The FDA has approved capmatinib for the treatment of patients with non–small cell lung cancer.
The FDA has granted an accelerated approval to capmatinib (Tabrecta) for patients with metastatic MET exon14 skipping (METex14)—mutated non—small cell lung cancer (NSCLC).1
The approval is based on primary findings from the phase II GEOMETRY mono-1 study (NCT02414139), in which capmatinib showed a 67.9% objective response rate (ORR; 95% CI, 47.6%-84.1%) by independent review (IR) in treatment-naive patients with METex14-altered NSCLC.2
The FDA simultaneously approved the FoundationOne CDx assay (F1CDx) for use as a companion diagnostic for capmatinib to detect tumor mutations that lead to MET exon 14 skipping.
“Non—small cell lung cancer is a complex disease, with many different possible mutations that may encourage the cancer’s growth,” lead GEOMETRY investigator Juergen Wolf, MD, Center for Integrated Oncology, University Hospital Cologne, stated in a press release. “MET exon 14 skipping is a known oncogenic driver. With today’s decision by the FDA, we can now test for and treat this challenging form of lung cancer with a targeted therapy, offering new hope for patients with NSCLC harboring this type of mutation.
Capmatinib is a highly potent and selective MET inhibitor. The mutations are identified in approximately 3% to 4% of all patients with NSCLC, and these patients typically have a poor prognosis.
Capmatinib is being examined across several cohorts of the GEOMETRY trial; cohorts 4 and 5b were presented at the 2019 ASCO Annual Meeting. Cohort 4 comprised pretreated patients with METex14 alterations in the second- or third-line setting (n = 69), while cohort 5b included treatment-naive patients (n = 28).
The median age across both cohorts was 71 years, and approximately 75% of patients had an ECOG performance status of 1. In cohort 4, 15.9% of patients had brain metastases versus 10.7% in cohort 5b. The most common prior therapy used was platinum-based chemotherapy (88.4%).
In pretreated patients, the ORR by IR with capmatinib was 40.6% (95% CI, 28.9%-53.1%). Moreover, the disease control rate (DCR) was 78.3% (95% CI, 66.7%-87.3%). The ORR by IR was 67.9% (95% CI, 47.6%-84.1%) for treatment-naïve patients, and the DCR was 96.4% (95% CI, 81.7%-99.9%).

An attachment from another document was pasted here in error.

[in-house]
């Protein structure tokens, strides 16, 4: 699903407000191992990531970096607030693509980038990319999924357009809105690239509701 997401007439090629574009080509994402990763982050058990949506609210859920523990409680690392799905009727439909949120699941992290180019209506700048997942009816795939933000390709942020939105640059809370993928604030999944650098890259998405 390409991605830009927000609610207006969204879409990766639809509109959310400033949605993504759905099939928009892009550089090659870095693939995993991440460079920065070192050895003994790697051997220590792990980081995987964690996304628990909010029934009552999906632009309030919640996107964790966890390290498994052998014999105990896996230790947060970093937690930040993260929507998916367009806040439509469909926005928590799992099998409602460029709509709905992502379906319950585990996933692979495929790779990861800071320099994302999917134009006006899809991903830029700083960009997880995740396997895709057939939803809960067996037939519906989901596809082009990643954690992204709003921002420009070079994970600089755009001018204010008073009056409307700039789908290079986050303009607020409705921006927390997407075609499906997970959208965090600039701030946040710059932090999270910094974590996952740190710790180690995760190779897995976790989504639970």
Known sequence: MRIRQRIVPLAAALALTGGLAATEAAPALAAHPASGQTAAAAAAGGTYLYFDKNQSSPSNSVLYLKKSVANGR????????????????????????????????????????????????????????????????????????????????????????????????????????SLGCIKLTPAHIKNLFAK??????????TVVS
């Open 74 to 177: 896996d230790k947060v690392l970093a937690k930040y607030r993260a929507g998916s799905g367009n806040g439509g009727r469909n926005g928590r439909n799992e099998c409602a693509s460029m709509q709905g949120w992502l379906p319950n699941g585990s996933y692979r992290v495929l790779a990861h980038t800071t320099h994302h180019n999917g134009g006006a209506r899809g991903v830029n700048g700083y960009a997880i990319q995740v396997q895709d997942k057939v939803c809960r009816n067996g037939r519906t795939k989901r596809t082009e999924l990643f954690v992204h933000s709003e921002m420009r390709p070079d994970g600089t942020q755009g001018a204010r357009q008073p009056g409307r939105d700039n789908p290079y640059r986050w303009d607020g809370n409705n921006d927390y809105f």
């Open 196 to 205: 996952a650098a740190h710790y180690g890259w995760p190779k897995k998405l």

Results also showed that the median duration of response by IR was 9.72 months in pretreated patients and 11.14 months in those who received the agent upfront. The median progression-free survival was 5.42 months in the pretreated group and 9.69 months for those treated in the frontline setting.
Approximately half of the patients with brain metastases at baseline experienced an intracranial response with capmatinib (7 of 13; 54%). Of these patients, 4 had a complete resolution of brain lesions (31%), and the intracranial DCR was 92.3% (12 of 13).
Patients who had prior therapy with crizotinib (Xalkori) or any other cMET or HGF inhibitor, have EGFR or ALK abnormalities, clinically significant or uncontrolled heart disease, had prior therapy with agents that cannot be discontinued ≥1 week prior to the first capmatinib treatment and for the duration of the study, impairment of gastrointestinal function or gastrointestinal disease, may receive treatment with any enzyme-inducing anticonvulsant, and a presence or history of interstitial lung disease or interstitial pneumonitis were excluded from enrollment on the trial.
Safety, which was assessed across all cohorts examined in the study, also included patients with MET dysregulated NSCLC (N = 334). Grade 3 treatment-related adverse events (TRAEs) occurred in 31.1% of patients and a grade 4 adverse event (AE) was seen in 4.5% of patients. The most common grade 3/4 AEs were peripheral edema (7.5%) and fatigue (3.0%). The most common all-grade treatment-related AEs were peripheral edema (41.6%), nausea (33.2%), increased blood creatinine (19.5%), and vomiting (18.9%).
The FDA previously granted capmatinib a breakthrough therapy designation for use as a first-line treatment for patients with METex14—mutated NSCLC. The accelerated approval of capmatinib in this setting is contingent on the results of a confirmatory trial.
“Lung cancer is increasingly being divided into multiple subsets of molecularly defined populations with drugs being developed to target these specific groups,” Richard Pazdur, MD, director of the FDA’s Oncology Center of Excellence and acting director of the Office of Oncologic Diseases in the FDA’s Center for Drug Evaluation and Research, stated in a press release. “Tabrecta is the first approval specifically for the treatment of patients with non—small cell lung cancer whose tumors have mutations that lead to MET exon 14 skipping. This patient population now has an option for a targeted therapy, which they didn’t have prior to today.”